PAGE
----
Of course trying to mislead the public is nothing new but in the case of Iran one can hardly think of any other country where the outbreak of protests leads observers to reach for their revolutionary theory and hyperbole and “the fall of regime”.

What was different this time?

The latest demonstrations in Iran were different from most protests that have previously roiled the country since the 1979 Islamic revolution.

Firstly, despite the geographical scale, the number of demonstrators was small and limited. While mostly ordinary working class people with contradictory slogans were taking part in the protests, middle class in large population centers stayed at home because they were not sure about the outcome. Moreover, this was not an authentic civic movement for change because it lacked clear goals and leadership that naturally turned chaotic in several provinces and towns when thugs and mobs set fire to state-owned buildings and damaged public properties.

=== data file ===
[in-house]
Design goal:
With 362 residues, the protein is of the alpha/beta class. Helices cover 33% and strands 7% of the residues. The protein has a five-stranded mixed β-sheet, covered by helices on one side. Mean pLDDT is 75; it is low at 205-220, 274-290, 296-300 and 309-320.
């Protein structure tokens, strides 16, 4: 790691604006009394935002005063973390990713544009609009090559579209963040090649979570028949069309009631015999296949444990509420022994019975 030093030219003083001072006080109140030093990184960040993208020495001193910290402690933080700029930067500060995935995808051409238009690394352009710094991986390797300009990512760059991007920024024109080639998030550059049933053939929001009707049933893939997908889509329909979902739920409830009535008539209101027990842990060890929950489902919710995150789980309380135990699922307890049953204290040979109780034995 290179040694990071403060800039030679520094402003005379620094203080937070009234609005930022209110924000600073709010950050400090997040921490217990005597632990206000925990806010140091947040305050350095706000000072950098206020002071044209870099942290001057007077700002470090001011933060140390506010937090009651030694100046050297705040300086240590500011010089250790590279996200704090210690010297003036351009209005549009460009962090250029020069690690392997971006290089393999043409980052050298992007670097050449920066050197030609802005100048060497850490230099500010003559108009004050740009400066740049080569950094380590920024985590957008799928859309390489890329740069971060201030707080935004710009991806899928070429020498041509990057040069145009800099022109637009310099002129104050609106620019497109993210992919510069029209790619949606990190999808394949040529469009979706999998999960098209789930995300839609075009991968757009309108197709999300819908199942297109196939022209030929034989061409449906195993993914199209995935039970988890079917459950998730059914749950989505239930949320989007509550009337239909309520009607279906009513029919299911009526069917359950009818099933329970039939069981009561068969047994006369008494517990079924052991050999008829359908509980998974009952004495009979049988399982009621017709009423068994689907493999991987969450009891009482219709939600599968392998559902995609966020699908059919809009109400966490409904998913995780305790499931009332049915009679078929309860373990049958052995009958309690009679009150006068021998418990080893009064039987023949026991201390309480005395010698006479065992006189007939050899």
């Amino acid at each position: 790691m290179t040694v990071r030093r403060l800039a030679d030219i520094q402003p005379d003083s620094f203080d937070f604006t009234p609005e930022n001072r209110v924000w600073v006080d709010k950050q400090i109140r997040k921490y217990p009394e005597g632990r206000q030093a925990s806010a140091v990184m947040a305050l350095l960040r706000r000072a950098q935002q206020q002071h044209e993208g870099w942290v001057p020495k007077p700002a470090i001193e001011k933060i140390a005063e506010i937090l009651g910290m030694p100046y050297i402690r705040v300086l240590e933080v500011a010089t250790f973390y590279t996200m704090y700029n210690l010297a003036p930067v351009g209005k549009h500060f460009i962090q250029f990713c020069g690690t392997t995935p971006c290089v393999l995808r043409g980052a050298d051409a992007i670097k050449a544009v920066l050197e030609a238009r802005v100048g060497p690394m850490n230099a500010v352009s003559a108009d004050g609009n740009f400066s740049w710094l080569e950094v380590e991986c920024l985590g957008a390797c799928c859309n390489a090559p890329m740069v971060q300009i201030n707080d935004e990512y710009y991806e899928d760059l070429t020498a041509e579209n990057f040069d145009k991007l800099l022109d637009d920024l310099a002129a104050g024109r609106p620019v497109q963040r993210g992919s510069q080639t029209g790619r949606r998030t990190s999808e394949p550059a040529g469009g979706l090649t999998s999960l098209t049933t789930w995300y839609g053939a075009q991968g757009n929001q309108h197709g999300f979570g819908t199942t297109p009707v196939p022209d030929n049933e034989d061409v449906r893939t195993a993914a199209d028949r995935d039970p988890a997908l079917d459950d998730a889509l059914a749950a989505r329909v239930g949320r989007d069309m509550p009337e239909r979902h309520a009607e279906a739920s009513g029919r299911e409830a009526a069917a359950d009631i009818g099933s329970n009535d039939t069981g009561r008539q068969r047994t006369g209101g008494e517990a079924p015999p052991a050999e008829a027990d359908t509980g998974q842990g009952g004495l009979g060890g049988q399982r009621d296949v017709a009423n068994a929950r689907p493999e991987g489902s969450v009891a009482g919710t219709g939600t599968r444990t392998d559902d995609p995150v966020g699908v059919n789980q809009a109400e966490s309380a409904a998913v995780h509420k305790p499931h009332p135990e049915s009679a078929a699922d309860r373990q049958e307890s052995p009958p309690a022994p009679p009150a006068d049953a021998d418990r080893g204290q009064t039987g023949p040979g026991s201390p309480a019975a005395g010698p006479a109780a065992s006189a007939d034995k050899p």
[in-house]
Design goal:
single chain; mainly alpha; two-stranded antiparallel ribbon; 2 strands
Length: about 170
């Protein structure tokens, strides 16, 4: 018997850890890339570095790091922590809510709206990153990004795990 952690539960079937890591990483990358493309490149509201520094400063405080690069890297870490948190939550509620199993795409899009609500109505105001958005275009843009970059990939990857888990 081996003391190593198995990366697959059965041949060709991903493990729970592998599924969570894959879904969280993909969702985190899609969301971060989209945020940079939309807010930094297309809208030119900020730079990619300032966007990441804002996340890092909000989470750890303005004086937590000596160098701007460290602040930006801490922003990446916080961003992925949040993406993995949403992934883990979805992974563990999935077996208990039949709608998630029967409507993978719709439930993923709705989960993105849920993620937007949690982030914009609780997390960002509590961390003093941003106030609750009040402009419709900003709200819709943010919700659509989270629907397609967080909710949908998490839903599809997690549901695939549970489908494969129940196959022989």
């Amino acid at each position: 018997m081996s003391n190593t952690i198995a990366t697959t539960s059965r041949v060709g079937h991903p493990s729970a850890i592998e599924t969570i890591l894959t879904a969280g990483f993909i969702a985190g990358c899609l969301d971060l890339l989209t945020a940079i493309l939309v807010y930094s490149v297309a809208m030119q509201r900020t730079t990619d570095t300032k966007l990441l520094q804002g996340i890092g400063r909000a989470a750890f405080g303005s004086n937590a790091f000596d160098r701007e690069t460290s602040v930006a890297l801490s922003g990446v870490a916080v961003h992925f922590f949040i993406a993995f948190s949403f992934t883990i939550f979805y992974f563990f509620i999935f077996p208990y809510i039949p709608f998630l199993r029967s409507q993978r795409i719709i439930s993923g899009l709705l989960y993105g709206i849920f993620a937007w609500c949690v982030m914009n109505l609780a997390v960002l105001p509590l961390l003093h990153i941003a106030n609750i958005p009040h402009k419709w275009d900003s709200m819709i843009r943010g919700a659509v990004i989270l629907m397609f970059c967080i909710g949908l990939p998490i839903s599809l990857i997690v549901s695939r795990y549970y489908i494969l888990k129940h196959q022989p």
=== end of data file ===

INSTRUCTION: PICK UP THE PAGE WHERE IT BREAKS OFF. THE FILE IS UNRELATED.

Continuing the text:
Secondly, let’s not forget, just seven months ago more than 41 million people turned out in the presidential election with over 57 percent of them voted to continue Hassan Rouhan’s government of “hope and prudence”. That’s why it was highly unlikely that such overwhelming show of support and hope suddenly disappear.

What comes after is important

The unrest was a convenient pretext for anti-Iran opposition warmongers in the U.S. and elsewhere to exploit it for their own purpose of promoting regime change and substitute Iranian exiles as representatives of people who were protesting in the streets. Foreign media outlets gave some coverage to the remnants of the old monarchist Pahlavi regime but it was the notorious Mojahedin-e Khalq terrorist Organization (MKO) that received the most coverage on Fox News, Voice of America and other outlets.